bombast

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English[edit]

Etymology[edit]

From Old French bombace (cotton, cotton wadding)

Pronunciation[edit]

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Noun[edit]

bombast (countable and uncountable, plural bombasts)

  1. Originally, cotton, or cotton wool.
    • Lupton
      a candle with a wick of bombast
  2. Cotton, or any soft, fibrous material, used as stuffing for garments; stuffing; padding.
    • Shakespeare
      How now, my sweet creature of bombast!
    • Stubbes
      doublets, stuffed with four, five, or six pounds of bombast at least
  3. (figuratively) High-sounding words; a pompous or ostentatious manner of writing or speaking; language above the dignity of the occasion.
    • Dryden
      Yet noisy bombast carefully avoid.
    • 1898, William Graham Sumner, “The Conquest of the United States by Spain”, in War and Other Essays, Yale, published 1911, page 331:
      Upon a little serious examination the off-hand disposal of an important question of policy by the declaration that Americans can do anything proves to be only a silly piece of bombast.
    • 2017 March 1, Anthony Zurcher, “Trump addresses Congress: A kinder, gentler president”, in BBC News[1]:
      At least for one night, Donald Trump put aside the bombast and bellicosity of a campaign that seemed to bleed into his presidency.

Synonyms[edit]

Verb[edit]

bombast (third-person singular simple present bombasts, present participle bombasting, simple past and past participle bombasted)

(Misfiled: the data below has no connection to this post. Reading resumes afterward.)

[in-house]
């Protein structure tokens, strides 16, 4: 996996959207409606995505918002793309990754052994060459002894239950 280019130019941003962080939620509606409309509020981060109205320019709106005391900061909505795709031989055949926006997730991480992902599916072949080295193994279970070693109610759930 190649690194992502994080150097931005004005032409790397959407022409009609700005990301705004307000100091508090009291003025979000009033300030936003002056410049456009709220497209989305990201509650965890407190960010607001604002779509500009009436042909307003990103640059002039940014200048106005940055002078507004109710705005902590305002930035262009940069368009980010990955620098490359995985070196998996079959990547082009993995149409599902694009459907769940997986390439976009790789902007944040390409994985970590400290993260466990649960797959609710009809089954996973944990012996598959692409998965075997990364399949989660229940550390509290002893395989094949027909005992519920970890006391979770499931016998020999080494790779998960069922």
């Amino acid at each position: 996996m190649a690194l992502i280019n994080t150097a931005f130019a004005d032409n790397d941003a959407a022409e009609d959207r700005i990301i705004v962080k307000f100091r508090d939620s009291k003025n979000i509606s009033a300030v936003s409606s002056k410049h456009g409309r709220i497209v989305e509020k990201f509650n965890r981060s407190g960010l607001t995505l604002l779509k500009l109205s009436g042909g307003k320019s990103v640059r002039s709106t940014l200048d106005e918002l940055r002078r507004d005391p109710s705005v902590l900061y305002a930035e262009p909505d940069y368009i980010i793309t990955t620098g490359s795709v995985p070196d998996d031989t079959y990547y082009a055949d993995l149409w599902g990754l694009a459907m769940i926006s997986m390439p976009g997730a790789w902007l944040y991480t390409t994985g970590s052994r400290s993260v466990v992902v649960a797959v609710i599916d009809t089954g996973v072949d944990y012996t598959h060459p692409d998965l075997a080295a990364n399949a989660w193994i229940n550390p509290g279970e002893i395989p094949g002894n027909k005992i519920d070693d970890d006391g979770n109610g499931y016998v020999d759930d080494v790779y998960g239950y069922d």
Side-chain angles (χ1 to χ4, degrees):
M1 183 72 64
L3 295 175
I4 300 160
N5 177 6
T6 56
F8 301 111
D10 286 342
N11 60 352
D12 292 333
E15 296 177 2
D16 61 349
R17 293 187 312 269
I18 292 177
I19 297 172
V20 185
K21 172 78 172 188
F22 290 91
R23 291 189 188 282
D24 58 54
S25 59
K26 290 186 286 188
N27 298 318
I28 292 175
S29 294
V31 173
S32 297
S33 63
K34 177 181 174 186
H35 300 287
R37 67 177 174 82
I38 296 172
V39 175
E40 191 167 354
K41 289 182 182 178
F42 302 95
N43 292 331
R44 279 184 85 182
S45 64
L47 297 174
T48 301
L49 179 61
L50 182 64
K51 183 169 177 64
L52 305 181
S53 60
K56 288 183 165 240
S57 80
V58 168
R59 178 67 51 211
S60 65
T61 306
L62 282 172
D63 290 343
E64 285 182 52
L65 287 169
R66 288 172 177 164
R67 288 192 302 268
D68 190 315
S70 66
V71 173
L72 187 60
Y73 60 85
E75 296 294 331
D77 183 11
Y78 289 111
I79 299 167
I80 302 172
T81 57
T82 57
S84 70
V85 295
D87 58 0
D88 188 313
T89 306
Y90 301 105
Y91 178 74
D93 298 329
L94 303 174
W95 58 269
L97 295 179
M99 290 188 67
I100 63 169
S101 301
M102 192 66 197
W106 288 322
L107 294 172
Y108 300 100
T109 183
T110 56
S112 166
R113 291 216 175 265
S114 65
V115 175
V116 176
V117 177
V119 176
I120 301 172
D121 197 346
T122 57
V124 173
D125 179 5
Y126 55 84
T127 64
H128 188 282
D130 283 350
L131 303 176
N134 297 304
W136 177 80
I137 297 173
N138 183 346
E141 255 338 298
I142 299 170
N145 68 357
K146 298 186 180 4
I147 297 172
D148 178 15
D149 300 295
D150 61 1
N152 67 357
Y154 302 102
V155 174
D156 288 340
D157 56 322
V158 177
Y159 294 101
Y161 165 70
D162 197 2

1. To swell or fill out; to pad; to inflate.
    • 1839, Samuel Taylor Coleridge, Coleridge's Literary Remains, Volume 4.[2]:
      Ib. Their doctrine is to be seen in Jacob Behmen's books by him that hath nothing else to do, than to bestow a great deal of time to understand him that was not willing to be easily understood, and to know that his bombasted words do signify nothing more than before was easily known by common familiar terms.
    • 2013, Christianna Brand, What Dread Hand?: A Collection of Short Stories
      The ugly truth is, Gerald,' she said viciously, 'that you're a phoney, a rotten, bombasting phoney, trying to cover up from all the world, []

Adjective[edit]

bombast (comparative more bombast, superlative most bombast)

  1. High-sounding; inflated; big without meaning; magniloquent; bombastic.
    • Shakespeare
      [He] evades them with a bombast circumstance, / Horribly stuffed with epithets of war.
    • Cowley
      Nor a tall metaphor in bombast way.